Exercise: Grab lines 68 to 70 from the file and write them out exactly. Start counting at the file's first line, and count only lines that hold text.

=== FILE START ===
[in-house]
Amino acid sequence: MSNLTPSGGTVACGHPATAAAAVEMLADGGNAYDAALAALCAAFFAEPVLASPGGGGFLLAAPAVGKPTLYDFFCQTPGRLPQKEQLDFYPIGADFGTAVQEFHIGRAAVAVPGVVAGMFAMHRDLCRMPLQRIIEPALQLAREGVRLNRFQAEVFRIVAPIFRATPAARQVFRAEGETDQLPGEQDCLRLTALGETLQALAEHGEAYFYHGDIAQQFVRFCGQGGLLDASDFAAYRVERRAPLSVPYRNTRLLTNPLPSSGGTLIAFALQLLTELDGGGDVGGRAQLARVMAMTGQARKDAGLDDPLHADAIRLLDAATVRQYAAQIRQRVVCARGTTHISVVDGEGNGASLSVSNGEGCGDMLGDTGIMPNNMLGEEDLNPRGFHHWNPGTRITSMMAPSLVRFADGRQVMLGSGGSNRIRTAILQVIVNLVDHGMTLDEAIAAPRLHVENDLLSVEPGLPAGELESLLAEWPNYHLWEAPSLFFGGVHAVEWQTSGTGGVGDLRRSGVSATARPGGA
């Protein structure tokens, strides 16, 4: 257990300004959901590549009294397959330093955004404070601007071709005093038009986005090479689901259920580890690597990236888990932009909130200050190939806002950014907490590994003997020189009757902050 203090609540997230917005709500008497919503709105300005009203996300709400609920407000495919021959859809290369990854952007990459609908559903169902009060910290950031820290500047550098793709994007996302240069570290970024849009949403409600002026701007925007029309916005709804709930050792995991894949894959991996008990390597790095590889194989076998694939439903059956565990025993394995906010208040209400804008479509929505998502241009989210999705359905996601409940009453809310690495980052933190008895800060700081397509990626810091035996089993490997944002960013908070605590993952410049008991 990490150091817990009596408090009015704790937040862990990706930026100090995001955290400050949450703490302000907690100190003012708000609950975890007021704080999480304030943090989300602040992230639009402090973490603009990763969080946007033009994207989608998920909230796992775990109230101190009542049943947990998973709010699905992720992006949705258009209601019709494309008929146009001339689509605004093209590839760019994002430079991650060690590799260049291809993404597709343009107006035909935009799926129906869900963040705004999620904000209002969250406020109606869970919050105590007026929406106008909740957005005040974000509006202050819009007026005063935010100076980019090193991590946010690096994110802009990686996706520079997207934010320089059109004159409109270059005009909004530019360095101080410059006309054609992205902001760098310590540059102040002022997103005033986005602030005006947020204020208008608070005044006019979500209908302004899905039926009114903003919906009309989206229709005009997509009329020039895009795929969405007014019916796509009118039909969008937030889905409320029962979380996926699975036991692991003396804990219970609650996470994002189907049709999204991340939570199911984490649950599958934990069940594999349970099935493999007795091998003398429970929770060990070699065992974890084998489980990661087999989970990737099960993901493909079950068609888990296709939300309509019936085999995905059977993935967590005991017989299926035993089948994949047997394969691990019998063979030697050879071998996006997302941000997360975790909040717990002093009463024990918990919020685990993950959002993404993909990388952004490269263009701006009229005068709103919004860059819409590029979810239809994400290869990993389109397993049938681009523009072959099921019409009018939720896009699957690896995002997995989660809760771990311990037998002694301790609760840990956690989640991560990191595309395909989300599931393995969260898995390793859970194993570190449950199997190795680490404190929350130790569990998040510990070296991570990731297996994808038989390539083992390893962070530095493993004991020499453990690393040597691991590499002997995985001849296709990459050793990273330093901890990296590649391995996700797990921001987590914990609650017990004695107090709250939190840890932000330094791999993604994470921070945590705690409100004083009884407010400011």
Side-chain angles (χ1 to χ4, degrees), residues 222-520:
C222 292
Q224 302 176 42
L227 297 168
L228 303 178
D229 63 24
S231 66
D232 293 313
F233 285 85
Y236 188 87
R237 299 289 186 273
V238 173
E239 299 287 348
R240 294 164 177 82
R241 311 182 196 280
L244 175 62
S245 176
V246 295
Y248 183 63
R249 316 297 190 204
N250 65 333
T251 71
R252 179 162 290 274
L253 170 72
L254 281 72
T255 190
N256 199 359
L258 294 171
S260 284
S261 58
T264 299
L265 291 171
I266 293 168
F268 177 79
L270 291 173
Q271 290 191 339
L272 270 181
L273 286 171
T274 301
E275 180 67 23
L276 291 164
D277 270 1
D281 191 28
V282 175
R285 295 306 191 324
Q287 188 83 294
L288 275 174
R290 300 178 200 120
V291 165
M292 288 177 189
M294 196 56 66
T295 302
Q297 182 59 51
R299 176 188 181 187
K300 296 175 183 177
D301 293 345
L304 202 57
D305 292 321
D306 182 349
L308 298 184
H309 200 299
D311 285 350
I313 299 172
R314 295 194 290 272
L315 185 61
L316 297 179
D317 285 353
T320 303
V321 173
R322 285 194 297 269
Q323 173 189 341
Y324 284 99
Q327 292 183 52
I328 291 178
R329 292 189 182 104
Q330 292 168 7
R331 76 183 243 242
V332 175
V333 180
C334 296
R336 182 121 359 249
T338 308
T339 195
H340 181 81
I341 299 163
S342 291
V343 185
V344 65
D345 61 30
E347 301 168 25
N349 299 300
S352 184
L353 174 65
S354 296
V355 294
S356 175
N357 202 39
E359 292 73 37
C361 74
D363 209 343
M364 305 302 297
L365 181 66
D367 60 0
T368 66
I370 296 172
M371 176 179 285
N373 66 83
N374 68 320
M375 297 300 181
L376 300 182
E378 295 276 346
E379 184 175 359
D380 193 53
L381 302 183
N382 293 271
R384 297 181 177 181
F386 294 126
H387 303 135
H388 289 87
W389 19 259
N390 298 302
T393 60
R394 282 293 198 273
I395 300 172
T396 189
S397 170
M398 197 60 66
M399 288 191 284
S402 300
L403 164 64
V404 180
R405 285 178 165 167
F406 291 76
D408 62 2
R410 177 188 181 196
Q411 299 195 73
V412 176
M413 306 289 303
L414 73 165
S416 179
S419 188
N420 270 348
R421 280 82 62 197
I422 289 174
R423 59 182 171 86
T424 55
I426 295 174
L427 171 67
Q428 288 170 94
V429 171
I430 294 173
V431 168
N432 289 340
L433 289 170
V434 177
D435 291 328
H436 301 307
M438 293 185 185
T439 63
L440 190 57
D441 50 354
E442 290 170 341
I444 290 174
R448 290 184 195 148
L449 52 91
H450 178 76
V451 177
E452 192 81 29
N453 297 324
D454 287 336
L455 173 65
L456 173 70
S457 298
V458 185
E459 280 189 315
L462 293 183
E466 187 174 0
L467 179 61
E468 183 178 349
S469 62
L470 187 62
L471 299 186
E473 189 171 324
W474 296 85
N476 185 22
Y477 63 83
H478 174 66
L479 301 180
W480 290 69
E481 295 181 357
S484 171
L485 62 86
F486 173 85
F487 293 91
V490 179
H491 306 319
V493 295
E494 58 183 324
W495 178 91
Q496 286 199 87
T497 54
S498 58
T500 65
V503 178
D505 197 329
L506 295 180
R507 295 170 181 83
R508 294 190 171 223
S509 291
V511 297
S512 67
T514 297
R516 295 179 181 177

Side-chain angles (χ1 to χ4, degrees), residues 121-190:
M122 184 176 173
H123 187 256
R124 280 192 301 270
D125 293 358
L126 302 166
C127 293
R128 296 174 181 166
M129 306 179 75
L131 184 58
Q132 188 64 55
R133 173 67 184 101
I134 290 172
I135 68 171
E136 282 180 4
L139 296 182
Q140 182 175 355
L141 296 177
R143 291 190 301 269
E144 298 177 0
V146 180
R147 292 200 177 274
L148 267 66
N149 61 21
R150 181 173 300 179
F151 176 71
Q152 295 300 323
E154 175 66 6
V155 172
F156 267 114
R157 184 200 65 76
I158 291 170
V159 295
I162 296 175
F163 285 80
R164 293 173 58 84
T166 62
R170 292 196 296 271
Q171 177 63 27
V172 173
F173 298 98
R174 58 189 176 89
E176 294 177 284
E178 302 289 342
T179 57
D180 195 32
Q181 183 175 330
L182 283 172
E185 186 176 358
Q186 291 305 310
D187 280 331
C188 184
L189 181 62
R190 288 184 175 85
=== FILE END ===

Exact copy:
L315 185 61
L316 297 179
D317 285 353